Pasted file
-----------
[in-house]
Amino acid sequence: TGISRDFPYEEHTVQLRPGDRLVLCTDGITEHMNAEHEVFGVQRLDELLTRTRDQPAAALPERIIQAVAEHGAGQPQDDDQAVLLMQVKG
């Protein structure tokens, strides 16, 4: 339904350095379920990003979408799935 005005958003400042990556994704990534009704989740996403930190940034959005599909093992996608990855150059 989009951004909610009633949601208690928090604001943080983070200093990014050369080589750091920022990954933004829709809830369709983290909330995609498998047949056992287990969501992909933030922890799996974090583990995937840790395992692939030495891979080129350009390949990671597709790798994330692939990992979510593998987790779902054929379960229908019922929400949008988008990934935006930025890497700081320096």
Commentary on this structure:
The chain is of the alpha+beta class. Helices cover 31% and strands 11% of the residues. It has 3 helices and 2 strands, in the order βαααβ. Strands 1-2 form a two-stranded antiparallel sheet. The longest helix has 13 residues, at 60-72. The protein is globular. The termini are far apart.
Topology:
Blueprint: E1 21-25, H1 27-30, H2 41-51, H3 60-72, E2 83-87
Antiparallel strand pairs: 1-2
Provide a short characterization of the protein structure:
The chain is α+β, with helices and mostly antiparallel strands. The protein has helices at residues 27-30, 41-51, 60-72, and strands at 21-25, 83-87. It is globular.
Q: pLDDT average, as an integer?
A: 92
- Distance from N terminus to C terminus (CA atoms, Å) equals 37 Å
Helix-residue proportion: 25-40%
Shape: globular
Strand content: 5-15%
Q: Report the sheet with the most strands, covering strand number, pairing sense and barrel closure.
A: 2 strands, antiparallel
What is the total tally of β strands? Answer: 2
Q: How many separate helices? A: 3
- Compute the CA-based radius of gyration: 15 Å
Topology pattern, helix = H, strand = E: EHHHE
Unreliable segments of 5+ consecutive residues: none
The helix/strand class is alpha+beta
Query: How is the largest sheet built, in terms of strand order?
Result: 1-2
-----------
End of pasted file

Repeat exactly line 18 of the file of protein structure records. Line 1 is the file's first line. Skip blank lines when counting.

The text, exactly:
A: 2 strands, antiparallel